Network World requested an article on divestitures.  The full article is linked below.  Here is the conclusion – the ten things to focus on to ensure a successful divestiture:

1) Think backwards from a press release that explains why the divestiture makes strategic sense. Formulate a clear and compelling strategy and articulate that strategy in every communication.

2) Restructure the business before you sell it. Don’t expect the buyer to pay for employees that aren’t necessary for running it.

3) Contain the process to the division being sold. Don’t let the bankers or the media paint the entire company with the same brush. This takes care of itself if your strategy is clear and focused.

4) Run a process. Don’t get sucked into serial negotiations with potential buyers. Talk to everyone in parallel.

5) Reach out to international buyers and private equity funds, as well as their portfolio companies.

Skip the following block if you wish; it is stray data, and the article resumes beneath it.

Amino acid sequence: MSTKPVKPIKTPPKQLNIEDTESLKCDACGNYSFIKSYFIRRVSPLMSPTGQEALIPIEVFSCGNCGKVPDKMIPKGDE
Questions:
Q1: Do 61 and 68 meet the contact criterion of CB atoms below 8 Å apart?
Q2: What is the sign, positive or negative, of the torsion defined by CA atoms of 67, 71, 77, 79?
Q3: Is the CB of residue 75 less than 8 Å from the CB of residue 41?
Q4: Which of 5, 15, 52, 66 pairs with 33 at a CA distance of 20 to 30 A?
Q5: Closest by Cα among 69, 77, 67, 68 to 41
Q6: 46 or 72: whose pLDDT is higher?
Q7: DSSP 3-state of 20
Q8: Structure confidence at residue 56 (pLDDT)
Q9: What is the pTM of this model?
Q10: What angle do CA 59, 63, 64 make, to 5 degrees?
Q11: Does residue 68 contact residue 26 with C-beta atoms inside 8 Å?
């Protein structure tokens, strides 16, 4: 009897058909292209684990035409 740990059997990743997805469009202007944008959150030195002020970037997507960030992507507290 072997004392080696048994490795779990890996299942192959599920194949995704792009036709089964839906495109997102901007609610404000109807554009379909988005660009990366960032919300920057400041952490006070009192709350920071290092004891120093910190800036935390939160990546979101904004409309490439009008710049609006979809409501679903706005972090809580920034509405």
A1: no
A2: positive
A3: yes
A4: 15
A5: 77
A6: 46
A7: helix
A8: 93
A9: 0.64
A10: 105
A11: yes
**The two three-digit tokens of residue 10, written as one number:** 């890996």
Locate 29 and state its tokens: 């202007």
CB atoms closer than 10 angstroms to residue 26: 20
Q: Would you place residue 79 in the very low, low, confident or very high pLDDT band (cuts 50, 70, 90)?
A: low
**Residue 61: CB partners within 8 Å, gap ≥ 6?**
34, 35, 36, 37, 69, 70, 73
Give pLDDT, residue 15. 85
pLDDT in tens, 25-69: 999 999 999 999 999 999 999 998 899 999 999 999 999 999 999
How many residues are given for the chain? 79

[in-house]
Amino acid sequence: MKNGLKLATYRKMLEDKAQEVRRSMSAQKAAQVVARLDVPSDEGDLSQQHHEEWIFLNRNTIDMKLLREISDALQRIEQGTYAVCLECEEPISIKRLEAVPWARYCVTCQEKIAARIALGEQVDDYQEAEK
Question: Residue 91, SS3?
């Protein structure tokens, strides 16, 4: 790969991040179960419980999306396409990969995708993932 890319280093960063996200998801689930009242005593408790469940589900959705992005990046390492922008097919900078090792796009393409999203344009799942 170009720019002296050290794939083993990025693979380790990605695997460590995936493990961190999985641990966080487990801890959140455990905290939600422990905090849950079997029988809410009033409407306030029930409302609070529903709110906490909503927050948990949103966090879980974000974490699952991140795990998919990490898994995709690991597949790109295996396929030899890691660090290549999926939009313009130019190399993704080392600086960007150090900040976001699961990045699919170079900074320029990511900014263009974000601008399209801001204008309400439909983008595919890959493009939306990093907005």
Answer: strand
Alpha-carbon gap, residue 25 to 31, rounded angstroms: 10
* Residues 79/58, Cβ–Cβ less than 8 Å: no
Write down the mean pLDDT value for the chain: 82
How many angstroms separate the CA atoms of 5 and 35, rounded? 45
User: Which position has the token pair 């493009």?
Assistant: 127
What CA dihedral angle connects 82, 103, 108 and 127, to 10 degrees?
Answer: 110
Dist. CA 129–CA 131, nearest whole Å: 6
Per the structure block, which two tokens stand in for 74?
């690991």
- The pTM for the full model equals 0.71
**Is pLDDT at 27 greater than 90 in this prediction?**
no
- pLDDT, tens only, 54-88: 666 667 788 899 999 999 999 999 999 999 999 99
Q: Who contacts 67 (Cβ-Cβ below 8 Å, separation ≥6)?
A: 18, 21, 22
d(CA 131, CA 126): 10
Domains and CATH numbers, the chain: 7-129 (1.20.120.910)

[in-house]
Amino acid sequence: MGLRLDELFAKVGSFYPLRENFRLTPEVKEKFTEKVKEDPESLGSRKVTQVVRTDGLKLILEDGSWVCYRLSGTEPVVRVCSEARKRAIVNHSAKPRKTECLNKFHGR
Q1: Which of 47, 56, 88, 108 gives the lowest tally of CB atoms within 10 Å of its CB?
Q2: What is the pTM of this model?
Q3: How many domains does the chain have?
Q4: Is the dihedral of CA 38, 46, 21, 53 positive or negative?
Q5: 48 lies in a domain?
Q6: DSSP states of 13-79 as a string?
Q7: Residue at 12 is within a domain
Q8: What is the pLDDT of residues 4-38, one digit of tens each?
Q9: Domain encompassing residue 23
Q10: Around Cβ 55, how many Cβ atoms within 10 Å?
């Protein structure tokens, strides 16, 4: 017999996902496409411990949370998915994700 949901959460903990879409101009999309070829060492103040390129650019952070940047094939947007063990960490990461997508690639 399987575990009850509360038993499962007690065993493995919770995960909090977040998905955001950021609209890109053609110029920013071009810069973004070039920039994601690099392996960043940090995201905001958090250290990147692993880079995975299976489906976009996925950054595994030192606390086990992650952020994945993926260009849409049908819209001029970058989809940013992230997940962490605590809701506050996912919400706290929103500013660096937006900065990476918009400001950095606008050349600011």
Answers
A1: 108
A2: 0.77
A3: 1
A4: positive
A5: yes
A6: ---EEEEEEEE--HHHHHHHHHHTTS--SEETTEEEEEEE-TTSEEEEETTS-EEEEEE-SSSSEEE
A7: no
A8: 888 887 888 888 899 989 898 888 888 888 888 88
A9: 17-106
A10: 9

6) Be realistic on timing. It will take 6 to 18 months to get the deal done under current market conditions. There are exceptions, but strategy should not be created around the exceptions.

7) Pay attention to the customers during the process. Reassure them that you are seeking a better owner for the division. Customers can be amazingly loyal during the process, but only if you communicate well with them.

8) Put someone in charge of the deal – someone who a) has bandwidth to manage the transaction, b) knows how to manage it. This can be your M&A advisor or a corporate development professional. A C-level executive with other responsibilities is probably the wrong choice. And avoid enrolling board members and others into a broad selling campaign, because that will only confuse the market.

9) Be realistic but firm on pricing. Pricing the deal too low at the outset will attract the wrong type of buyer and put your process in a downward spiral. Pricing it too high will keep everyone away.

10) Close quickly. When the economy is booming, companies become inefficient. They staff for growth. They build redundancies into every aspect of their operations. They take risks, and they make a lot of acquisitions. A healthy economy provides ample revenue to fund inefficiencies and failed acquisitions.

You can read the full article in Network World on successful divestitures right here.